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BER celebrates 80 years of excellence
Author: Supplied
Published: 04/03/2024

The Bureau for Economic Research’s highly respected economic analysis and forecasting services have made it a household name in South Africa and an invaluable partner to both business and government.

Eighty years ago, on 15 January 1944, the Bureau for Economic Research (BER) was established by Stellenbosch University with a clear mission — to conduct applied economic research that informs policy and contributes to the sustainable development of the country.

This was two full years before the South African government began publishing national accounts data, making the Bureau, which is part of the university’s Faculty of Economic and Management Sciences, one of the oldest economic research institutes in South Africa.

Today, the BER's highly respected economic analysis and forecasting advisory services are used by a wide range of clients, from small firms to large overseas banking groups, multilateral organisations (like the International Monetary Fund and the World Bank), JSE-listed companies, as well as public sector bodies, academic institutions, and non-governmental organisations.

A key reason for the BER’s success has been its enduring ability to make complex macroeconomics understandable to South Africa’s business and government decision-makers.

For clients to have access to senior BER economists to explain and contextualise their sectors has aided much better decision-making,” says BER director Professor Johann Kirsten. “It’s fair to say that the BER performs the function of an anchor institution to both corporate SA as well as government, and it is a role taken extremely seriously by the staff of the Bureau.”

Such is the BER’s central place in the South African financial services community, that one only needs to say “the Bureau” for anyone in this sector to know exactly which institution is being referred to.

“Indeed, many other economists use our data and research as part of their toolset in understanding the underlying dynamics of the economy and business cycles,” says Prof Kirsten.”

The BER client base reached an all-time high during the global financial crisis of 2008/2009 as clients searched for balanced and unbiased analysis of the true state of the economy.

The BER’s surveys

The Bureau is perhaps best known for its business tendency surveys and macroeconomic forecasting capabilities. Its surveys – which offer timely insights into the current state of the economy and its likely trajectory - set the BER apart for other economic research institutions in South Africa as it doesn't just analyse data, it generates its own.

The BER started conducting manufacturing and retail surveys in 1954, making South Africa the seventh country globally to conduct business tendency surveys. Over the years, the BER’s suite of surveys has expanded to include diverse sectors like building and civil construction, motor trade, financial services and, more recently, the other services survey.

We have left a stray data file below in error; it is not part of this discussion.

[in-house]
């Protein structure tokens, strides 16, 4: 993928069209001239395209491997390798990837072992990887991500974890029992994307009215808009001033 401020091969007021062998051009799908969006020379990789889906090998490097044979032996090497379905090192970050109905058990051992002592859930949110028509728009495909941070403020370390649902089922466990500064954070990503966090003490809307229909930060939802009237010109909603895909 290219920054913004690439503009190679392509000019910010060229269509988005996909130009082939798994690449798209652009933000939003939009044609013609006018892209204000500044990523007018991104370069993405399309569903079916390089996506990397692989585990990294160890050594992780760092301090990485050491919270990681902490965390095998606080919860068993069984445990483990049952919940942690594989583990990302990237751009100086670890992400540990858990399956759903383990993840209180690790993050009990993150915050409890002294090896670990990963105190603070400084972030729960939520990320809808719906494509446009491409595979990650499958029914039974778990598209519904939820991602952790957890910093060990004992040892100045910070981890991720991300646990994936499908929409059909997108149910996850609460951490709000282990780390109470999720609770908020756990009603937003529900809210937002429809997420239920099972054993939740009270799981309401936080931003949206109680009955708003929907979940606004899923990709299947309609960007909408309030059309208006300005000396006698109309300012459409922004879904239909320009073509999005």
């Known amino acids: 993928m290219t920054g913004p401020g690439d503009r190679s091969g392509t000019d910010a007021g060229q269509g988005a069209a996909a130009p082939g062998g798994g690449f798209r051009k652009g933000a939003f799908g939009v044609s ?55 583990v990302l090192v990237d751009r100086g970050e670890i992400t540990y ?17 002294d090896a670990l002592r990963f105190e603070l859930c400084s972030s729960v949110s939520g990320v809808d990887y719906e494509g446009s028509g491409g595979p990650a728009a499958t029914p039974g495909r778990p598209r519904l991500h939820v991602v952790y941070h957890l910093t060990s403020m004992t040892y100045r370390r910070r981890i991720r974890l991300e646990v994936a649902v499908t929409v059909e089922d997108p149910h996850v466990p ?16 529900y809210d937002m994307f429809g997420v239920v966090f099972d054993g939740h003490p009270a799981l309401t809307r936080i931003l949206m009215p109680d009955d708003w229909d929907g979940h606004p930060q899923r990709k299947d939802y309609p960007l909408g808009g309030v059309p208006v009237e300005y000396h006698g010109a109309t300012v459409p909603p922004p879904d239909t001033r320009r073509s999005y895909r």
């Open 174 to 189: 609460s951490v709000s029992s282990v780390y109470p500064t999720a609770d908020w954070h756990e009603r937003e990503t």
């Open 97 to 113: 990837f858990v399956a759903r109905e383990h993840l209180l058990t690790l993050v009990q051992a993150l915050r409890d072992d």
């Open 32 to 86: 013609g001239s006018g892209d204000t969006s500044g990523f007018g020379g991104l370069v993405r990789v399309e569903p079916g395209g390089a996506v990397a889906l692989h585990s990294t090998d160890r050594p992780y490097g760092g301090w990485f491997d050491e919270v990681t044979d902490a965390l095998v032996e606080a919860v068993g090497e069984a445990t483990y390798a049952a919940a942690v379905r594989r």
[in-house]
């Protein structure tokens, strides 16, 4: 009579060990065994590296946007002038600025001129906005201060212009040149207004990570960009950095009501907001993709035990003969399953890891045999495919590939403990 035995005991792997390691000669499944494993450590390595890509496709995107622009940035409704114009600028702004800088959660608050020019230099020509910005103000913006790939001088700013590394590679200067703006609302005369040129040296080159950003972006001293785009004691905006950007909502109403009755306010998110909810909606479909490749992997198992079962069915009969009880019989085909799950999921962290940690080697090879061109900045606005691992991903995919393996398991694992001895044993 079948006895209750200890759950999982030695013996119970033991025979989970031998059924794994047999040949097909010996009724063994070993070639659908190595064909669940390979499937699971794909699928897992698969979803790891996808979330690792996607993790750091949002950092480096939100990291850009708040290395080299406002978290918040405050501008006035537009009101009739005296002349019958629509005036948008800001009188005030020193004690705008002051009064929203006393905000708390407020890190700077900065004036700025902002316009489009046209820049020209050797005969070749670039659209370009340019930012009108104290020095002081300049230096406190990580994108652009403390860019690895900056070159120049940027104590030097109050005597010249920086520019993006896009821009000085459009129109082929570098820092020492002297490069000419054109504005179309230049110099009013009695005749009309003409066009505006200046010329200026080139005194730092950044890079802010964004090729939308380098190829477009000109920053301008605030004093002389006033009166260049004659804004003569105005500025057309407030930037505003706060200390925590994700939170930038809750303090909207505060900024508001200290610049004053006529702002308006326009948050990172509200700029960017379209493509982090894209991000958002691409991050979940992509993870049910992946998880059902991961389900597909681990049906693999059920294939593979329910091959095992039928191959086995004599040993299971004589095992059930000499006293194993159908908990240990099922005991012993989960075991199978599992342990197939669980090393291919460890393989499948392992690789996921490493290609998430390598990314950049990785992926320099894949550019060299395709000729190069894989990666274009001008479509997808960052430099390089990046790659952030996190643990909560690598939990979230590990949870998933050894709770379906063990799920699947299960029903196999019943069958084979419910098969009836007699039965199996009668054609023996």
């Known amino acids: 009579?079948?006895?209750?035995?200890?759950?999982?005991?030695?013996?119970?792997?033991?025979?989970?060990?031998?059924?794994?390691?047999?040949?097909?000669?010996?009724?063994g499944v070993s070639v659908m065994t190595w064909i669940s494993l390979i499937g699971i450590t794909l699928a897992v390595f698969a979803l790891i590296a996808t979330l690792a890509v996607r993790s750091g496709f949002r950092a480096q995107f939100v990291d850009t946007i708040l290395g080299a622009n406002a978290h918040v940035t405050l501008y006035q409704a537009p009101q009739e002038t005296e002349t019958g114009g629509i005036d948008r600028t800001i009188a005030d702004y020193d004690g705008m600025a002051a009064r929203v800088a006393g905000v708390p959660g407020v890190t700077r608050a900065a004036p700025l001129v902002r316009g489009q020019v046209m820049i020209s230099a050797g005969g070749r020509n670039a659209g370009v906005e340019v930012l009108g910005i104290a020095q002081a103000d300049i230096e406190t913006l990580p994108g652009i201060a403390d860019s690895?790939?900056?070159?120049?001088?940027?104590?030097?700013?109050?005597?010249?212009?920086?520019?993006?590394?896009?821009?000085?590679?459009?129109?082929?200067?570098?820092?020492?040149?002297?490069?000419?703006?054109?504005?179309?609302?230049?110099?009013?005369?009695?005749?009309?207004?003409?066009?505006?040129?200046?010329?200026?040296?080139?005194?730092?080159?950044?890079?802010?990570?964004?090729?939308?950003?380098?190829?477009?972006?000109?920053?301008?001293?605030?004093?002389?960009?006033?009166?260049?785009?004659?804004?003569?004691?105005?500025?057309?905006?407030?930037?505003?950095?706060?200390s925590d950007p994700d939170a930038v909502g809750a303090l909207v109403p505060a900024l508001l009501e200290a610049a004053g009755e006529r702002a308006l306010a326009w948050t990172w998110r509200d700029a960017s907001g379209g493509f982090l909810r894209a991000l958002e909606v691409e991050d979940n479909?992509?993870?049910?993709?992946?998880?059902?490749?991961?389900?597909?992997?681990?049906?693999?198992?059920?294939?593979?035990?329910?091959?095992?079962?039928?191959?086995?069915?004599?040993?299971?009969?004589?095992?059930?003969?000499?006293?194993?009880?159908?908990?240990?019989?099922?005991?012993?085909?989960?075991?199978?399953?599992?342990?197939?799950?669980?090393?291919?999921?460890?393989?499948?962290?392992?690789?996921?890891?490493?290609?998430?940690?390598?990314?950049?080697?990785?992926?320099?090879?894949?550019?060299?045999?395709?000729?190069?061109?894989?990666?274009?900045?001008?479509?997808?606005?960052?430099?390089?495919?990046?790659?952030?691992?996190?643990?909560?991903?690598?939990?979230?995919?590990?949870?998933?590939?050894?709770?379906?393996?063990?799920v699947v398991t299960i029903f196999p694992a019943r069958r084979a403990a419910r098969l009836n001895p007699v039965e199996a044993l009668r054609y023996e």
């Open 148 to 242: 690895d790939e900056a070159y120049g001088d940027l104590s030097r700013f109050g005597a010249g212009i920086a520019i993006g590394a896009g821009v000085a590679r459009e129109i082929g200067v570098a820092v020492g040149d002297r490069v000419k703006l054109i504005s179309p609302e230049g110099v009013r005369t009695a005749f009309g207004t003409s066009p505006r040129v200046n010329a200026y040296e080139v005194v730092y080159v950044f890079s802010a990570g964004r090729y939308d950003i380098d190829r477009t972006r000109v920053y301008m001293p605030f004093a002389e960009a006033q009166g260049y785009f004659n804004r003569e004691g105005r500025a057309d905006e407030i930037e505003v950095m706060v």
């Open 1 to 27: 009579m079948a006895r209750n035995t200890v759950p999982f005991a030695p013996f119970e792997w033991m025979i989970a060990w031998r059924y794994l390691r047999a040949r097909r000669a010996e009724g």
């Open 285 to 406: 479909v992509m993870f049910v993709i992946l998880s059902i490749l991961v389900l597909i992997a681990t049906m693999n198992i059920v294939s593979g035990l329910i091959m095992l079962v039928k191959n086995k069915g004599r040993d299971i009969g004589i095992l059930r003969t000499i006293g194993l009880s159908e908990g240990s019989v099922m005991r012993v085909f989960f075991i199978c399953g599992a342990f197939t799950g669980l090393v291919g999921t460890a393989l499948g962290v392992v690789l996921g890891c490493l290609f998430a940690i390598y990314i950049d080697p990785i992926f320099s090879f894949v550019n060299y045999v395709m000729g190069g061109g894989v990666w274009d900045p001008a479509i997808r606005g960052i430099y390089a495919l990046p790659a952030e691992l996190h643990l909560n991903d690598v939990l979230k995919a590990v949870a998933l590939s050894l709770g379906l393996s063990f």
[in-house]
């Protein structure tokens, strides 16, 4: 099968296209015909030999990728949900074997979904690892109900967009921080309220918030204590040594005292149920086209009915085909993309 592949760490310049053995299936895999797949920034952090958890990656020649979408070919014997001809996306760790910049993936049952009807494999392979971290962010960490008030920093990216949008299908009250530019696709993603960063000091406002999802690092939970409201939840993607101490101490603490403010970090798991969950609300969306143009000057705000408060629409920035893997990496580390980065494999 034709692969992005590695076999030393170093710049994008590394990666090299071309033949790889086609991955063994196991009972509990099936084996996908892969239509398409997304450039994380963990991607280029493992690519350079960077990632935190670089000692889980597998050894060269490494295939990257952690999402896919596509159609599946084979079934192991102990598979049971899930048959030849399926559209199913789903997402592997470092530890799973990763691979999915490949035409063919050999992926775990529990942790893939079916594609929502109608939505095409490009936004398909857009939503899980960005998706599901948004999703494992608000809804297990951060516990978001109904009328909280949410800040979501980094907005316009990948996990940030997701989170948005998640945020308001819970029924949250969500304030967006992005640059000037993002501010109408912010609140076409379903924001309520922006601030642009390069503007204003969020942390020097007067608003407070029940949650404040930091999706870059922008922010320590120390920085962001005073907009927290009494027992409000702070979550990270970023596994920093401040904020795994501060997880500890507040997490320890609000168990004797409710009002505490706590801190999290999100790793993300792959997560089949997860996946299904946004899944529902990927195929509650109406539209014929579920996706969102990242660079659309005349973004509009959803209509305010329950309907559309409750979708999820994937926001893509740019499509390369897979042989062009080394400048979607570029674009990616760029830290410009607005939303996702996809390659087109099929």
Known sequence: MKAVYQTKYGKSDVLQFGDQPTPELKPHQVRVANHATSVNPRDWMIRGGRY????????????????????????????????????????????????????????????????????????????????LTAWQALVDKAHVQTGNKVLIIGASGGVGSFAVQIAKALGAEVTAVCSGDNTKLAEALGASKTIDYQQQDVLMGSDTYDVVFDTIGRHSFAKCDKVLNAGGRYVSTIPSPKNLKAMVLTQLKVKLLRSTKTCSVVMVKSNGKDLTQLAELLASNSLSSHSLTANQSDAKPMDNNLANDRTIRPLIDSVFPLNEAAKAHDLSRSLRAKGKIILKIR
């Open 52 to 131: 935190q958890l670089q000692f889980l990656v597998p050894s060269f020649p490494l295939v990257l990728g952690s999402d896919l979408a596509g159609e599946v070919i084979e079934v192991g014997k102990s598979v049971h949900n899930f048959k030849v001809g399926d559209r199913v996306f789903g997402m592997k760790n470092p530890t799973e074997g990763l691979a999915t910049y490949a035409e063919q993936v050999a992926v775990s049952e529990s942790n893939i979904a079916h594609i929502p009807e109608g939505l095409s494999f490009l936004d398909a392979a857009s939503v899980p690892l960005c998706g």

The BER also compiles South Africa’s quarterly business and consumer confidence indices as well as the country’s manufacturing Purchasing Managers’ Index - important macroeconomic indicators relied on by many actors across the economy. Its quarterly inflation expectations survey is, for instance, a key input into the Reserve Bank’s Monetary Policy Committee (MPC) decisions.

Thanks to financial sponsorships, the BER is able to share its overall survey results with the public, contributing to a well-informed society. But it wasn’t always thus. During the late 1990s, the BER’s business model, which at the time relied on a combination of university funding, small donations from the public and sales of its regular economic forecasts and survey-related publications, began to prove unsustainable. A new funding model was urgently required.

In 1998, Prof Ben Smit was appointed as the BER’s Director. Under his able leadership, the Bureau was repositioned as a stand-alone business unit within Stellenbosch University, providing full scale economic consultancy and business services. Strong commercial sponsorships were obtained to fund the regular surveys. The new business model proved successful enough to render the BER independent of university funding, while also allowing it to expand its reputation as an academically relevant research institute.

Subscribers to the BER’s surveys receive detailed trends on activity, price increases, employment, stocks, and sector-specific constraints. Survey participants, in turn, receive the result summaries. (One can sign up as a survey partner at Other BER activities include commissioned research, webinars, conferences and research outputs for the public good.